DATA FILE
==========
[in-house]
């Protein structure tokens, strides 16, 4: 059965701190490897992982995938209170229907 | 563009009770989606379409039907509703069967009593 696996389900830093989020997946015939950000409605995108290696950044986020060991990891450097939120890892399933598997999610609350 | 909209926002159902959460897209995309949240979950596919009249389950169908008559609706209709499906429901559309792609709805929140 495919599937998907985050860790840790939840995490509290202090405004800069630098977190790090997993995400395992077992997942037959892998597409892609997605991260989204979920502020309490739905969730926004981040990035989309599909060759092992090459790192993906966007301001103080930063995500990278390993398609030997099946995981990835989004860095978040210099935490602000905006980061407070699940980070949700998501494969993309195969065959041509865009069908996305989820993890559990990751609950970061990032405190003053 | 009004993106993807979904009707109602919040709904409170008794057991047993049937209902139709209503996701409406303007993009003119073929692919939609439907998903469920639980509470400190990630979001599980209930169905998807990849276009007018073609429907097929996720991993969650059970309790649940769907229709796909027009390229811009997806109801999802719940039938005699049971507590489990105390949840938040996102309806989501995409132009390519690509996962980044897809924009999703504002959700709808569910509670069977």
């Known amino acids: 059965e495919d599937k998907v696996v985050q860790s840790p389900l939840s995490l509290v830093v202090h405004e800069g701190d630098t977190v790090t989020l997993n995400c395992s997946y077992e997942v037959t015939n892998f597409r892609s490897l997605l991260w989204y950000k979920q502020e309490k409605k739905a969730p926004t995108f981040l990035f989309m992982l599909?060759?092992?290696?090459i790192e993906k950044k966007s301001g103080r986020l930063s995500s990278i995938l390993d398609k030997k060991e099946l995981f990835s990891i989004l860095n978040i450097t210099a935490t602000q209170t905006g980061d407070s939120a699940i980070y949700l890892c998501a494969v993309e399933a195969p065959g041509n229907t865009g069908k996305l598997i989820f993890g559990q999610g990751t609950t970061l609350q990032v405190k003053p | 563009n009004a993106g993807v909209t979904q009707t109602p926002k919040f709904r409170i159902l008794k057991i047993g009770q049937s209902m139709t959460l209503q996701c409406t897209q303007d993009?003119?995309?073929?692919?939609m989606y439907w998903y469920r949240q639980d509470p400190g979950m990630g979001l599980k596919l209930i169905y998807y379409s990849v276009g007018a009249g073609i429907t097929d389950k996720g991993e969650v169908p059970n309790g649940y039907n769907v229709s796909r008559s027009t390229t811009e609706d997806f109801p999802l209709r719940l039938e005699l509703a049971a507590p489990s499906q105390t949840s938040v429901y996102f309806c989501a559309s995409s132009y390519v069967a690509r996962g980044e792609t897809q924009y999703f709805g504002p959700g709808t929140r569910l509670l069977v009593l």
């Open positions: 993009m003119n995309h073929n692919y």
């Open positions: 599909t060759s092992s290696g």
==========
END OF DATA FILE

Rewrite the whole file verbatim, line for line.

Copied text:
[in-house]
């Protein structure tokens, strides 16, 4: 059965701190490897992982995938209170229907 | 563009009770989606379409039907509703069967009593 696996389900830093989020997946015939950000409605995108290696950044986020060991990891450097939120890892399933598997999610609350 | 909209926002159902959460897209995309949240979950596919009249389950169908008559609706209709499906429901559309792609709805929140 495919599937998907985050860790840790939840995490509290202090405004800069630098977190790090997993995400395992077992997942037959892998597409892609997605991260989204979920502020309490739905969730926004981040990035989309599909060759092992090459790192993906966007301001103080930063995500990278390993398609030997099946995981990835989004860095978040210099935490602000905006980061407070699940980070949700998501494969993309195969065959041509865009069908996305989820993890559990990751609950970061990032405190003053 | 009004993106993807979904009707109602919040709904409170008794057991047993049937209902139709209503996701409406303007993009003119073929692919939609439907998903469920639980509470400190990630979001599980209930169905998807990849276009007018073609429907097929996720991993969650059970309790649940769907229709796909027009390229811009997806109801999802719940039938005699049971507590489990105390949840938040996102309806989501995409132009390519690509996962980044897809924009999703504002959700709808569910509670069977």
């Known amino acids: 059965e495919d599937k998907v696996v985050q860790s840790p389900l939840s995490l509290v830093v202090h405004e800069g701190d630098t977190v790090t989020l997993n995400c395992s997946y077992e997942v037959t015939n892998f597409r892609s490897l997605l991260w989204y950000k979920q502020e309490k409605k739905a969730p926004t995108f981040l990035f989309m992982l599909?060759?092992?290696?090459i790192e993906k950044k966007s301001g103080r986020l930063s995500s990278i995938l390993d398609k030997k060991e099946l995981f990835s990891i989004l860095n978040i450097t210099a935490t602000q209170t905006g980061d407070s939120a699940i980070y949700l890892c998501a494969v993309e399933a195969p065959g041509n229907t865009g069908k996305l598997i989820f993890g559990q999610g990751t609950t970061l609350q990032v405190k003053p | 563009n009004a993106g993807v909209t979904q009707t109602p926002k919040f709904r409170i159902l008794k057991i047993g009770q049937s209902m139709t959460l209503q996701c409406t897209q303007d993009?003119?995309?073929?692919?939609m989606y439907w998903y469920r949240q639980d509470p400190g979950m990630g979001l599980k596919l209930i169905y998807y379409s990849v276009g007018a009249g073609i429907t097929d389950k996720g991993e969650v169908p059970n309790g649940y039907n769907v229709s796909r008559s027009t390229t811009e609706d997806f109801p999802l209709r719940l039938e005699l509703a049971a507590p489990s499906q105390t949840s938040v429901y996102f309806c989501a559309s995409s132009y390519v069967a690509r996962g980044e792609t897809q924009y999703f709805g504002p959700g709808t929140r569910l509670l069977v009593l």
């Open positions: 993009m003119n995309h073929n692919y």
């Open positions: 599909t060759s092992s290696g």